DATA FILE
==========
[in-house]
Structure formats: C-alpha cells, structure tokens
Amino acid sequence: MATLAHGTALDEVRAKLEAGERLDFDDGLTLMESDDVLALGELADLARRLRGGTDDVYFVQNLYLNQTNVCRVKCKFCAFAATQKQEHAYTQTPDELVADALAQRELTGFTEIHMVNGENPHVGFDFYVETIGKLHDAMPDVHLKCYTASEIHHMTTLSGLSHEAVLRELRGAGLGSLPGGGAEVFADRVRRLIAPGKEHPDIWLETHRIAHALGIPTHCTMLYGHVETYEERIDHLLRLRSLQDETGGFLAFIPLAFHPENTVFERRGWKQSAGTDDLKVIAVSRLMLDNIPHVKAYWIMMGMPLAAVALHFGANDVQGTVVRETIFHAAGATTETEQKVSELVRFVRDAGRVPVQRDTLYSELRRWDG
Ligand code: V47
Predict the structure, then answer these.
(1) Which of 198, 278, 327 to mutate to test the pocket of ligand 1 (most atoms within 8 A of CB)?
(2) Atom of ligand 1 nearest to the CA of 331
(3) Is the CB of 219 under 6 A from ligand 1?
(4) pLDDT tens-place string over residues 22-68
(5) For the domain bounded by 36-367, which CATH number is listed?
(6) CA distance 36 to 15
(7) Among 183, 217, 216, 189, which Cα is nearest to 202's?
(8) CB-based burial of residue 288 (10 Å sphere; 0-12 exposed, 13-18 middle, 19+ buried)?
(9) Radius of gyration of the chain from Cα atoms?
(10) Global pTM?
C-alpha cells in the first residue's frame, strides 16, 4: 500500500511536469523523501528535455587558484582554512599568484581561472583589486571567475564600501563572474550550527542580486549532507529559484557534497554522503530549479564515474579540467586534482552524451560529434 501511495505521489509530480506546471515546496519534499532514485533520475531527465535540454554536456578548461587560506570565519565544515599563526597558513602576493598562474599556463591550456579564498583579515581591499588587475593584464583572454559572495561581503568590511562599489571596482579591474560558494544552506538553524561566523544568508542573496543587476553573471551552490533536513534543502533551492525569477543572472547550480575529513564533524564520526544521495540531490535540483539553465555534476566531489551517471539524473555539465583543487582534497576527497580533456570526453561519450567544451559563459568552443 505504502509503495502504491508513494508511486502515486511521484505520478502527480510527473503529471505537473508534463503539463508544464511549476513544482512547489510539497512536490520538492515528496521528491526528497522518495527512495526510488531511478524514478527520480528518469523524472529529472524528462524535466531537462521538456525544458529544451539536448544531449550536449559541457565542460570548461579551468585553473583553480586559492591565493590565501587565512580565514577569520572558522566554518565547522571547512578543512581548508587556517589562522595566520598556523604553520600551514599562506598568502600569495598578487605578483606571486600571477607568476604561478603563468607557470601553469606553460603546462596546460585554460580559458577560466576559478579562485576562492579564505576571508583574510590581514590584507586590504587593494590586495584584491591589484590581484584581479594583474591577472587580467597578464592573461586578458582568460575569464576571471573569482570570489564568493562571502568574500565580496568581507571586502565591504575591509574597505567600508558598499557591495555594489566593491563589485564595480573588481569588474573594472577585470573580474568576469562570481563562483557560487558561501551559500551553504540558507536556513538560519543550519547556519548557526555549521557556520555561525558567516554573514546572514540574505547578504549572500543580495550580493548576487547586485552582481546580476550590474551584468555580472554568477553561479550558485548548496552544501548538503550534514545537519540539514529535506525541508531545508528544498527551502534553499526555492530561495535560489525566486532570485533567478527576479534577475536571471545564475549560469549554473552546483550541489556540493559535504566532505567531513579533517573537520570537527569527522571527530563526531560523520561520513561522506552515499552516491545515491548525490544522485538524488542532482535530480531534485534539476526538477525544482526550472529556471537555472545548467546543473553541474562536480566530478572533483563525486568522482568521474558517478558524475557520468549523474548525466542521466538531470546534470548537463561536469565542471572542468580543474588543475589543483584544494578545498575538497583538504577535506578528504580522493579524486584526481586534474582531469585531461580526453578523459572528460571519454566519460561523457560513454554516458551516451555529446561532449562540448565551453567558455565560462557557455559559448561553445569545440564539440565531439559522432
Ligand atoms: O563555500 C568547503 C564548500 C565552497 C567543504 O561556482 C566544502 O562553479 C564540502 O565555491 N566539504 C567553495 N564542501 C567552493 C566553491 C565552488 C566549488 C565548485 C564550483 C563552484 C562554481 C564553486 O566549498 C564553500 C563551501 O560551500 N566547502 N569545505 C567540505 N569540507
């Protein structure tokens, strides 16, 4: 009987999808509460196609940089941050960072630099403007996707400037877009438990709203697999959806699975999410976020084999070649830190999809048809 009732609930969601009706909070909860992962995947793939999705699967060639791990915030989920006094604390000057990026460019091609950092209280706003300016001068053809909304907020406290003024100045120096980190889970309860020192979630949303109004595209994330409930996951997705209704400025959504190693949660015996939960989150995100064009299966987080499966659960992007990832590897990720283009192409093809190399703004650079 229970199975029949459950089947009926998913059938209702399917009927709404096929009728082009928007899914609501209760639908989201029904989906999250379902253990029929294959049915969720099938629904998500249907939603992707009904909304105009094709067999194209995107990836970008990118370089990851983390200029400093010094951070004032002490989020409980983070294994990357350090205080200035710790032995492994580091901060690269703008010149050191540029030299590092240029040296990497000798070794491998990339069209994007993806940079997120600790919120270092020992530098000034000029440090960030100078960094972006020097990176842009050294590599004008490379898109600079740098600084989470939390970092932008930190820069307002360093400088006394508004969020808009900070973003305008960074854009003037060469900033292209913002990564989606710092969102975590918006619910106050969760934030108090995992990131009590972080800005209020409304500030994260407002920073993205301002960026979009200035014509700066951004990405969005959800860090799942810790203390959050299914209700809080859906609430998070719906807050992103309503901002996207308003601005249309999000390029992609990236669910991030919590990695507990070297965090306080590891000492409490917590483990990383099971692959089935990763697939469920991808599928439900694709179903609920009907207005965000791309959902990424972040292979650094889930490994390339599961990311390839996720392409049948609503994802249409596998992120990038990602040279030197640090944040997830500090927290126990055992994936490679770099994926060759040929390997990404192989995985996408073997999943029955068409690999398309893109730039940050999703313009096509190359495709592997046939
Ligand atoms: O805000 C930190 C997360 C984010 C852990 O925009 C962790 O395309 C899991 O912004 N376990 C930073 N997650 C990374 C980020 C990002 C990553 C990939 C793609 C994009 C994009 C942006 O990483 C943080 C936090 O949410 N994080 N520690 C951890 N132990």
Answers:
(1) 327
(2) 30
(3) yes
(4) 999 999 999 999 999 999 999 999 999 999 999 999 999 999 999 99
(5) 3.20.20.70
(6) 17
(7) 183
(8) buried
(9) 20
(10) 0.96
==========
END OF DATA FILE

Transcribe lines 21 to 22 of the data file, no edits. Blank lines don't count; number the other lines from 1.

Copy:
(1) 327
(2) 30